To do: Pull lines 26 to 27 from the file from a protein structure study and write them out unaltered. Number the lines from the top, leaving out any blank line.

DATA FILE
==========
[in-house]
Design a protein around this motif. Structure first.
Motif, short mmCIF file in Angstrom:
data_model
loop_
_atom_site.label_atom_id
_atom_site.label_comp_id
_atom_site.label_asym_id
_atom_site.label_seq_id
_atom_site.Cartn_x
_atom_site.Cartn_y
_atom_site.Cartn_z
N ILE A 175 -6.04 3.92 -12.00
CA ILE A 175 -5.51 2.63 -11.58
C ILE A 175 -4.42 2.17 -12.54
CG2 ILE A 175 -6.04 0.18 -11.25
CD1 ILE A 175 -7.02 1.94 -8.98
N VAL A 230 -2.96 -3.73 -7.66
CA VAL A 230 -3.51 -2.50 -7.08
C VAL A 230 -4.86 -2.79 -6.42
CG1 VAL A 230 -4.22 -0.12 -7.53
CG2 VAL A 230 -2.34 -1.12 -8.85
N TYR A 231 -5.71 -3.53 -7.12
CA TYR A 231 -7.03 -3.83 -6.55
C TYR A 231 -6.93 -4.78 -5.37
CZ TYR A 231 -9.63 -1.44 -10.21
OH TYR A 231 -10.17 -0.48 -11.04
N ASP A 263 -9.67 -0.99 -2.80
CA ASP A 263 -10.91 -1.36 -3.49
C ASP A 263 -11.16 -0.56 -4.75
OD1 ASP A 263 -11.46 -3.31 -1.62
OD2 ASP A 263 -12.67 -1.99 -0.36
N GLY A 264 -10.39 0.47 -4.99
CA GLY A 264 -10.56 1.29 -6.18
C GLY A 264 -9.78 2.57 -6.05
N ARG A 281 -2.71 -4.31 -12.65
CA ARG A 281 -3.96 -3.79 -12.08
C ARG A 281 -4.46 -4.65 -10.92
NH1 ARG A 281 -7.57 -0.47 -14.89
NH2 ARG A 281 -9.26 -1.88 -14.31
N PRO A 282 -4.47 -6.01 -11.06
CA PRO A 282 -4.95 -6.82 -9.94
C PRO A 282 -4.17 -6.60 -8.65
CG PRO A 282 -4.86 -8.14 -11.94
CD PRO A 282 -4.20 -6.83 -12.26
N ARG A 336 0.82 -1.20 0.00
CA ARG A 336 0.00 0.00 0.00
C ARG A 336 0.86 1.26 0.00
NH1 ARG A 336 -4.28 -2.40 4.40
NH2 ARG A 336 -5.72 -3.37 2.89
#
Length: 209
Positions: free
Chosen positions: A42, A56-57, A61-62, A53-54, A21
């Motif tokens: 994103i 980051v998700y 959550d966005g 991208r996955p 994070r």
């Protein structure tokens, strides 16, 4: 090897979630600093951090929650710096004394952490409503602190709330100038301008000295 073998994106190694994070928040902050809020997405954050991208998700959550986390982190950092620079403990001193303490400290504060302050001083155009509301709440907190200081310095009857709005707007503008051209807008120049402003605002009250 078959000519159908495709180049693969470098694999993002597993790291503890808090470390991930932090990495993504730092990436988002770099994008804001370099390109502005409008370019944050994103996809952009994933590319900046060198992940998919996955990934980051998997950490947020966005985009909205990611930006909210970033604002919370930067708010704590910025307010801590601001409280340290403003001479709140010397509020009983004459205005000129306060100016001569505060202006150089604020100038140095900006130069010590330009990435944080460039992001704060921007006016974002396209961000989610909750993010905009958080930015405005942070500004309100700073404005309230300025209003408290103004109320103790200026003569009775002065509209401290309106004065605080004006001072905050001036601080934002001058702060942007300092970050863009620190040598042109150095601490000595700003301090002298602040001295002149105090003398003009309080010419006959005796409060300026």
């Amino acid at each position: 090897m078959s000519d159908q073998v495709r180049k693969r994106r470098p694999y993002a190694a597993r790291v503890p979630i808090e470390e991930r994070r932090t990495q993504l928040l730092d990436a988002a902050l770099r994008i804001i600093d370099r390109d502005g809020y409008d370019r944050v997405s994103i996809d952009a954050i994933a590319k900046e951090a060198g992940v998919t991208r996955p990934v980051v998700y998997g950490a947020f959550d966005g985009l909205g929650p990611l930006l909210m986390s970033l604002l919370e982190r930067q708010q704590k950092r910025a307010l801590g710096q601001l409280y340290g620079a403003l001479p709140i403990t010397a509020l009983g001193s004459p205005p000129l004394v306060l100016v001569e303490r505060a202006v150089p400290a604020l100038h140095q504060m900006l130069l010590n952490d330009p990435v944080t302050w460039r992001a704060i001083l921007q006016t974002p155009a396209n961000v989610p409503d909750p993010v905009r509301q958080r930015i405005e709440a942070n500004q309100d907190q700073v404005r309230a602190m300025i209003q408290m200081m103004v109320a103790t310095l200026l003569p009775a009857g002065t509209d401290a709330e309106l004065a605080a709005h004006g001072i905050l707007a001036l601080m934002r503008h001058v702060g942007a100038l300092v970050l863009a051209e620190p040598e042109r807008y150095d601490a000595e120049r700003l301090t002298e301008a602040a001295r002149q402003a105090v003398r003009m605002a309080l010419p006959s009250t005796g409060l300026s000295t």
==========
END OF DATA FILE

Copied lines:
CZ TYR A 231 -9.63 -1.44 -10.21
OH TYR A 231 -10.17 -0.48 -11.04